Santa’s choice point of entry when committing a B&E is, as you all know, the chimney. In this day and age, however, many homes do not come equipped with this obsolete means of smoke removal. Children in such homes will be overlooked by Santa Claus. Sorry kids, that’s just how it is. Anyway, the notion of the jolly old elf descending the soot-encrusted shaft comes from jolly old England. During the Industrial Revolution, many of the country’s lower class took jobs as chimneysweeps. Contrary to their appearance in Mary Poppins, however, the chimneysweeps were little more than filthy hobos who would clean the soot out of the chimneys of the rich and use the larger chunks to make stew, hence the British slang for the chimneysweep, "sootsnogger." In the mid-1800s, a sootsnogger named Chancy "Schmancy" Stuffington used his extensive knowledge of chimneys and how they work to sneak into the homes of the filthy rich and rob them, leaving them merely filthy. Schmancy’s plan worked flawlessly for months, and all of the London newspapers spoke of the so-called "fireplace finagler," sneaking into homes and sneaking back out with a sack full of goods slung over his shoulder. In fact, his burglaries were so widespread that families would leave snacks for the bandit at the base of the chimney. One night in late December, however, ol’ Schmancy while making his usual round of burglaries decided to rob the house of a wealthy clergyman. As he expected, there were snacks awaiting his arrival just outside the fireplace, in this case milk and cookies. Little did Schmancy know that the priest was watching him from an adjacent room. When Schmancy has finished his snacks, the priest sprang out and told Schmancy to give him the loot he had stolen from the previous houses if he wanted to receive "the antidote." Fearing that he had been poisoned by the milk and cookies, Schmancy quickly emptied his sack, caring not for the pilfered goblets, jewelry, and tea cozies, and begged the priest for the antidote. The priest merely laughed, and said that the only antidote was to pray for mercy. Schmancy certainly tried that, but unfortunately, the poison had already paralyzed his lungs, and he died flopping about like a fish out of water. Ever after, Santa’s trip down the chimney and his tasty snacks were meant to commemorate this event, and remind everyone of the importance of the church during the Christmas season.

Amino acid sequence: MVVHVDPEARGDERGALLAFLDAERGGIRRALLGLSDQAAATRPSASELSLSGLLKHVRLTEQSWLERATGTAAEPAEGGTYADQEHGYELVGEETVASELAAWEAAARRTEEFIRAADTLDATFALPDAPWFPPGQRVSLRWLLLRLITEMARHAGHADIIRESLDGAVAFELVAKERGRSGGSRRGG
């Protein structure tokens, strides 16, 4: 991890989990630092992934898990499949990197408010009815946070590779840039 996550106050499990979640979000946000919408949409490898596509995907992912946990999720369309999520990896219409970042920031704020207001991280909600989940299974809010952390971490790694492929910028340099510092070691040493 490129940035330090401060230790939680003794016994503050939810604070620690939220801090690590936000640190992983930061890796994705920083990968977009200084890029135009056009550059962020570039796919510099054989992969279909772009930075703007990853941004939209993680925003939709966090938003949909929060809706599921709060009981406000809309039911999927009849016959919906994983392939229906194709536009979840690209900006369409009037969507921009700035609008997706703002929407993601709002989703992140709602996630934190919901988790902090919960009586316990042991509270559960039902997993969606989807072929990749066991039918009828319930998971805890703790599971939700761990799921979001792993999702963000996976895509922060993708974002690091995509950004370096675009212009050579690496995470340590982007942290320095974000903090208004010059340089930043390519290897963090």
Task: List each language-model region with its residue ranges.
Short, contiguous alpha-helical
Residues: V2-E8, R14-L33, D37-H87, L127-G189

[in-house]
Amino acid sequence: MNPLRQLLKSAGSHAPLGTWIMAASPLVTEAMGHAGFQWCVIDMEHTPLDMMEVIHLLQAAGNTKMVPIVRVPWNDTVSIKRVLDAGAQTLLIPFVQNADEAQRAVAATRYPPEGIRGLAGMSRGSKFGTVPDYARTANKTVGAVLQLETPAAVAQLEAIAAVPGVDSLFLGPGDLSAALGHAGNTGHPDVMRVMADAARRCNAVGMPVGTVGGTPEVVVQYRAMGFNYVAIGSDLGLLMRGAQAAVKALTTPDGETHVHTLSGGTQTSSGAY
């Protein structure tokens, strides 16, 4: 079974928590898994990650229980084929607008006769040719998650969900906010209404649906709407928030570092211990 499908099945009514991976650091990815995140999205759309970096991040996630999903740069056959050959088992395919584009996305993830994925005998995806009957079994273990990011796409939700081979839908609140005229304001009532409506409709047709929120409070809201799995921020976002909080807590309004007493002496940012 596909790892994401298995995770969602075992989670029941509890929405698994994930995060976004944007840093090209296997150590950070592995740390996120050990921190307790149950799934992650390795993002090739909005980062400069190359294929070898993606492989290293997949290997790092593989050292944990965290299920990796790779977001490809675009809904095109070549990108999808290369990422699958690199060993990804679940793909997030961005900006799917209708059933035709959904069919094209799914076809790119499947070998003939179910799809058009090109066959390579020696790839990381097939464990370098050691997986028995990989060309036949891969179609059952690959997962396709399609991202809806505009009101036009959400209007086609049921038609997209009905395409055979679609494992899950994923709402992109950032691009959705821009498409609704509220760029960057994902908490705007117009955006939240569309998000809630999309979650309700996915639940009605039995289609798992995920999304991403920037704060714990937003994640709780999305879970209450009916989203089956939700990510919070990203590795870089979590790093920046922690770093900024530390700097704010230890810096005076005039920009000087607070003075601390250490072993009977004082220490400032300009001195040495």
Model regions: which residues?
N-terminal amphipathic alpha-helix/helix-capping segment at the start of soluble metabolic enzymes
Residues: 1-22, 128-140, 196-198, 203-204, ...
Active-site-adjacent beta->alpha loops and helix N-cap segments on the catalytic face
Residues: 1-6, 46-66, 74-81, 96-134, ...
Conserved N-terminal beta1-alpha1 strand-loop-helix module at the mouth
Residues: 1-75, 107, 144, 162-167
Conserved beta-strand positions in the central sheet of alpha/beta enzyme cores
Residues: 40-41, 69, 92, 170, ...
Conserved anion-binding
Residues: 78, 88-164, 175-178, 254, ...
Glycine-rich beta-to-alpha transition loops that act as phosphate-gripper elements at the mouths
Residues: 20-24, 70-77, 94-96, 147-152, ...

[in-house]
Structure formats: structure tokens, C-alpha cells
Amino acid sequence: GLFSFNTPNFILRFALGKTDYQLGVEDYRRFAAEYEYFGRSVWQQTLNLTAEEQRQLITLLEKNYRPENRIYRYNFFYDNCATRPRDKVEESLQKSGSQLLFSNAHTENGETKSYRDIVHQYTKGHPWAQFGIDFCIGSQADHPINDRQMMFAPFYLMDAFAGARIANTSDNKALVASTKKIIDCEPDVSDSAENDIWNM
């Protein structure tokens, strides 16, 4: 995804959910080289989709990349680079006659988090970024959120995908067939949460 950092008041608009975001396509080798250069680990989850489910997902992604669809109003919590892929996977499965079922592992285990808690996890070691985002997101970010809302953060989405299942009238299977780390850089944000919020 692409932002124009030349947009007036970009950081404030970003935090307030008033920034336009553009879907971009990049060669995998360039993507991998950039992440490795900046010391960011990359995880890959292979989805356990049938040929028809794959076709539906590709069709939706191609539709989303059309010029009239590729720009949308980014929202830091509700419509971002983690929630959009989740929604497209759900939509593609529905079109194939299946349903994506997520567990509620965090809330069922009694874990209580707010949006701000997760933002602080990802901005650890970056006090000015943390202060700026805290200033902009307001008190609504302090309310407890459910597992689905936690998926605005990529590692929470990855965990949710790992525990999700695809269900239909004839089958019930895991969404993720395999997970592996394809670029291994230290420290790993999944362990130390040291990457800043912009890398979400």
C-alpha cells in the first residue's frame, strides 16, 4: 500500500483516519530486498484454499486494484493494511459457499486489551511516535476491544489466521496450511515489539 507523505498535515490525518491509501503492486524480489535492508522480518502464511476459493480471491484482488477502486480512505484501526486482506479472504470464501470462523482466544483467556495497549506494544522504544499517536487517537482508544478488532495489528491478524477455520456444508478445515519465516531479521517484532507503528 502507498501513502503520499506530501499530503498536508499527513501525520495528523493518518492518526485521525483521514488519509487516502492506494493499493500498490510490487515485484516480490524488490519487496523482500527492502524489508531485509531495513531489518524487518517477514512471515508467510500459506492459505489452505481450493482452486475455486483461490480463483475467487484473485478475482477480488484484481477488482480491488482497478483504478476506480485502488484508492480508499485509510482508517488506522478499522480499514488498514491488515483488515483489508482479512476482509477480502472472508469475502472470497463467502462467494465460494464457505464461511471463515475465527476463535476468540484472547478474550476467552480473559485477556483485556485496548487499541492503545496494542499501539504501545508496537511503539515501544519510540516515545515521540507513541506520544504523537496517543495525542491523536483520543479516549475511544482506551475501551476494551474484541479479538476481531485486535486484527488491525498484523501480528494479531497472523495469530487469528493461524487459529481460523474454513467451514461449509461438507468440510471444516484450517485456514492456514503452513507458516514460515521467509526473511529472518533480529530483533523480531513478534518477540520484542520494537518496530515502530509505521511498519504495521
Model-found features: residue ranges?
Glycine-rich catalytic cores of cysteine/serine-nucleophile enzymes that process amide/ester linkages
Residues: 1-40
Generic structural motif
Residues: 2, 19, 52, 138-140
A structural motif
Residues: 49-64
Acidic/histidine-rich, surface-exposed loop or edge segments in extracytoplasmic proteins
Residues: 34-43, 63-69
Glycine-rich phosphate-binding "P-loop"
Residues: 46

The pipes!  THE PIPES!!!
Caroling

Christmas carols are one of the most telling signs of the nearness of the holiday. Some people will even go so far as to form groups and go door to door caroling. Being that it is the middle of winter, however, it is fargin’ cold outside, and so to really get into the holiday spirit, a person must get really loaded on holiday spirits. That’s why, on a completely unrelated note, we turn out attention to Ireland. Many are aware of the keening that takes place at a traditional Irish wake, but few are aware that Irish people screaming and wailing also has a more upbeat history. In the early 17th century, an Irish woman named Carol O’Doul had made a name for herself as a professional keener, releasing fits of wanton sorrow for whoever was willing to trade a few sheep for her "talents." However, the lengthy periods of forced sadness soon caught up with her, for by the time she was thirty-three, her serotonin levels were through the roof, and she could no longer feel the emotion of sadness at all. This meant the end of her career, but the beginning of a brand new one, as she discovered that her prolonged manic state allowed her to sing joyful songs all year round, delighting her friends and neighbors. And so she sang on through the rest of her life, and when she died, the locals named the practice of singing joyful songs to your neighbors after her, calling it "Douling." Ironically, the joyous singing was relegated primarily to the month of December, when it was used to drown out the keening of those mourning O’Doul’s death. The name was changed to "caroling" in the 1920s by President Herbert Hoover, who felt that the old name was "just too damn Irish-sounding."

This holiday season, you can say that you learned something, apart from "keep the receipt." Now that I have enlightened you all, I’m off to enjoy my own Christmas tradition: none. The months spent researching these Christmas traditions have shown me that there is no better way to celebrate Christmas than by completely ignoring it, and looking ahead to more worthwhile holidays like Boxing Day. Merry Christmas, fuckers.

*** CLICK HERE FOR THE ALL NEW HISTORY OF CHRISTMAS PART II! ***